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First case of polio discovered in Kabul since 2001

A young boy (R) holds a brace belonging to his sister who was crippled by polio as they wait for the start of her physio-therapy at an ortho
A young boy (R) holds a brace belonging to his sister who was crippled by polio as they wait for the start of her physio-therapy at an ortho

KABUL (Reuters) - A three-year-old girl has been diagnosed with the first case of polio since 2001 in the Afghan capital Kabul, the Ministry of Public Health said on Tuesday.

The child, called Sakhina, was a member of the Kuchi nomadic tribe that moves freely across most provinces in Afghanistan and her family was living in the Kasaba district in eastern Kabul.

The ministry has launched a three-day campaign to vaccinate all children under five in the area.

"When they went to the hospital after an examination, it became clear it was a case of polio," Ministry of Health spokesman Kaneshka Baktash told Reuters.

Baktash said the girl's family moved freely between Afghanistan and Pakistan and she had probably contracted the illness across the border.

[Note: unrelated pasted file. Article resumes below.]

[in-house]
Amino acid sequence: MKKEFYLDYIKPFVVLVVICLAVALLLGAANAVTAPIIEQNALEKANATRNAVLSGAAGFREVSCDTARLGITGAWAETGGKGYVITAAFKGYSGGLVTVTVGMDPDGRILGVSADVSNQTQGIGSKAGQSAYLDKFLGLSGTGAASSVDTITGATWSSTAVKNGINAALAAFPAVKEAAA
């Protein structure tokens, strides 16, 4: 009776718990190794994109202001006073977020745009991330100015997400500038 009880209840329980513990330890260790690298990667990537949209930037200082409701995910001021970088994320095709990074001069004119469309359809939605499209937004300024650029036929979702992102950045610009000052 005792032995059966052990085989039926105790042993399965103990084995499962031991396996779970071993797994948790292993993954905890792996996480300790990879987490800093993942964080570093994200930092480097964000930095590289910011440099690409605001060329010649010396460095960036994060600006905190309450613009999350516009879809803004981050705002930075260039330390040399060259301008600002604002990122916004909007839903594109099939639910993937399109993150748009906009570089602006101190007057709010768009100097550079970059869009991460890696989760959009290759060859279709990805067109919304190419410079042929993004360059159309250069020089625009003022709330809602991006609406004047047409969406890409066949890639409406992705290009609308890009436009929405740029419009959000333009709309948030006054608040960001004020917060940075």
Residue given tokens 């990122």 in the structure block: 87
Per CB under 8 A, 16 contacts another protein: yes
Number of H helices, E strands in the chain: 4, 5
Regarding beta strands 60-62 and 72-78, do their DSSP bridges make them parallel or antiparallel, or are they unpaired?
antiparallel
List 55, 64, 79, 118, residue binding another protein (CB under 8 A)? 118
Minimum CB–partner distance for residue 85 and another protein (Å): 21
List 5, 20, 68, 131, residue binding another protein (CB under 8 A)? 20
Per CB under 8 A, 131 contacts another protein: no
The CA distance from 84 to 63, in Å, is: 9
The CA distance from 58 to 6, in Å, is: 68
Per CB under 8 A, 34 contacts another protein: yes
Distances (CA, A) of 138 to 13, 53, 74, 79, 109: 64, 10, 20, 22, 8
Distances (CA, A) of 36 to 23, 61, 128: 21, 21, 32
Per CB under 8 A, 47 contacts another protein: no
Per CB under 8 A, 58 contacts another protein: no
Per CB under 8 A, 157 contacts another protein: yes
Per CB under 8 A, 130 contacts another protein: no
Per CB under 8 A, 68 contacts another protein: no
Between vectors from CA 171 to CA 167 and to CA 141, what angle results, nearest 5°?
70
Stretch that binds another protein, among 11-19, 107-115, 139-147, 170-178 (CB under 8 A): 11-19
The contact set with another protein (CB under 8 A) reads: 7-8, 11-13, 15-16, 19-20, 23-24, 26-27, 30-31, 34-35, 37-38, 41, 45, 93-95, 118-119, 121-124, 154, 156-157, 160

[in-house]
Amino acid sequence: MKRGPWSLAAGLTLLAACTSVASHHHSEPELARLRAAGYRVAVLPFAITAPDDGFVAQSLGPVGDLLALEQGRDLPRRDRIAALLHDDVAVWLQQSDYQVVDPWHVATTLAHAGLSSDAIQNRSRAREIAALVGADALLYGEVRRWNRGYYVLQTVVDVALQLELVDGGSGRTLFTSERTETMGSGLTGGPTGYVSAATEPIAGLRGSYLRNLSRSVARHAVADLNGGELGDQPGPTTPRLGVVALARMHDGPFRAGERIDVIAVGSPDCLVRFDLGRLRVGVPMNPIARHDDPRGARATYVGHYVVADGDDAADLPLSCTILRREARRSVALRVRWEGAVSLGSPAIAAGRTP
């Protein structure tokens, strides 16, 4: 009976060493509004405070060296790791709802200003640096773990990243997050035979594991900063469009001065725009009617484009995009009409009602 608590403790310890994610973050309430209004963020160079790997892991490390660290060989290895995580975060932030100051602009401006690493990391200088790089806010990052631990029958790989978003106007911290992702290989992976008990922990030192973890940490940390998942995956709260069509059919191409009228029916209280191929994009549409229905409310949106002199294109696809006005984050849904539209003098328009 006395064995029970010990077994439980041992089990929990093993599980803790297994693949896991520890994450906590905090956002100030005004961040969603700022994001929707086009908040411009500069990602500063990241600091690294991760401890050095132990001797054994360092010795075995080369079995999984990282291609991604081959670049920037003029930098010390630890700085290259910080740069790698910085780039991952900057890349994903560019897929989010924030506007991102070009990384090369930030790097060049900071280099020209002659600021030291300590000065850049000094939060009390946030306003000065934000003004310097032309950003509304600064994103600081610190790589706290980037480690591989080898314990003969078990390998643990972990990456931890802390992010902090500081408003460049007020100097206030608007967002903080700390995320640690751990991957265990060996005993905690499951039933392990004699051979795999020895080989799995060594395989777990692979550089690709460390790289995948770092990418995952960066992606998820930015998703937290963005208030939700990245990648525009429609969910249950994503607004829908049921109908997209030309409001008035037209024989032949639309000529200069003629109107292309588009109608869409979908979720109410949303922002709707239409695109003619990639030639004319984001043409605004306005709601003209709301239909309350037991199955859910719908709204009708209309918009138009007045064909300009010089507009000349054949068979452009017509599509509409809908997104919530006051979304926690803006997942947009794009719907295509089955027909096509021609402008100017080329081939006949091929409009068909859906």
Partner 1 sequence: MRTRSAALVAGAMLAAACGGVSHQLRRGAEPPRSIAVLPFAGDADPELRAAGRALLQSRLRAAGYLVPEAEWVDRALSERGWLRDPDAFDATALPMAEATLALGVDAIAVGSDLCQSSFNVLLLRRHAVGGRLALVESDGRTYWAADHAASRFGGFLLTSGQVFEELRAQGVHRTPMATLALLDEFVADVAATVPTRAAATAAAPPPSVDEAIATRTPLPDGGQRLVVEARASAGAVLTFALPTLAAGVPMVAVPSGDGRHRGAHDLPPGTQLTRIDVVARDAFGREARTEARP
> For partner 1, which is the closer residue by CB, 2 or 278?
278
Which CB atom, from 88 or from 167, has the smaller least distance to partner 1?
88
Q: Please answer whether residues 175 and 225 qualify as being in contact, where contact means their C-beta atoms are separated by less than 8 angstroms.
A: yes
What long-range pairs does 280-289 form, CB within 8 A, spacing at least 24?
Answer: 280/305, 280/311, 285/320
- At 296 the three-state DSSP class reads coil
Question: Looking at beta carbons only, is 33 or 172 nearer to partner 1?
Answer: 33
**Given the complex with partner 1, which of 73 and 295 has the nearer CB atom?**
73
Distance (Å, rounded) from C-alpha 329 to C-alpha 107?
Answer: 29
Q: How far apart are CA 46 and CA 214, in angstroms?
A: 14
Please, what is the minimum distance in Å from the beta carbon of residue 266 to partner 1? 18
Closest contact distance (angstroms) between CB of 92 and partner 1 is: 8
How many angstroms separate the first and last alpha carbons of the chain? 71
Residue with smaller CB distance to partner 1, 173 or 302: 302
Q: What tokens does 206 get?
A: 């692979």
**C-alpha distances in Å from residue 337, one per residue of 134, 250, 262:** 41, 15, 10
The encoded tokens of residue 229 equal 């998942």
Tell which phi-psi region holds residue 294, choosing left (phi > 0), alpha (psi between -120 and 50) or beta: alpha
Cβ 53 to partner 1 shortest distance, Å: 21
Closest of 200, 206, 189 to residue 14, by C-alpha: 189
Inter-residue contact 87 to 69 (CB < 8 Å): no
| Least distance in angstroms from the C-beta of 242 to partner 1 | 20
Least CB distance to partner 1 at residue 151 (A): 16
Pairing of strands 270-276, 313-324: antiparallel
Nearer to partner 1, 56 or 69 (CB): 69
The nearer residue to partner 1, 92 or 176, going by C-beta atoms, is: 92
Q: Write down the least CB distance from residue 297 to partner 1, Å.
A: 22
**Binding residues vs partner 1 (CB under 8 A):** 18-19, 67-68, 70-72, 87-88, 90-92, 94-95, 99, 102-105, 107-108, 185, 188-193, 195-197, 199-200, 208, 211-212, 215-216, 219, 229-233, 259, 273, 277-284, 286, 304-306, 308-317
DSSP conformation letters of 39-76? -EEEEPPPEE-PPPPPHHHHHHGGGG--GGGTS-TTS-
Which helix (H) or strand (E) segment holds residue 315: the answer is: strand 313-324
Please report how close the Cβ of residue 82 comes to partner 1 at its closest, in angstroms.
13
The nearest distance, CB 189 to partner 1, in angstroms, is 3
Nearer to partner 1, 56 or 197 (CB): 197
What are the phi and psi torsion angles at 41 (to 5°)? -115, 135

All but one of 13 cases recorded in Afghanistan last year were contracted in Peshawar in northwestern Pakistan, the world's largest reservoir of endemic polio viruses, the World Health Organization said in January.

Sakhina has been taken to Pakistan for treatment and no other cases had been discovered in the Afghan capital.

The battle to eradicate polio is being undermined by the spread of the virus in Pakistan, where vaccinators are routinely killed by the Islamist Taliban, who see the program as part of a plot to sterilize Muslims. It is the only country in the world that recorded an increase in cases in 2013 according to the WHO.

(Reporting by Jessica Donati and Mirwais Harooni; Editing by Ron Popeski)

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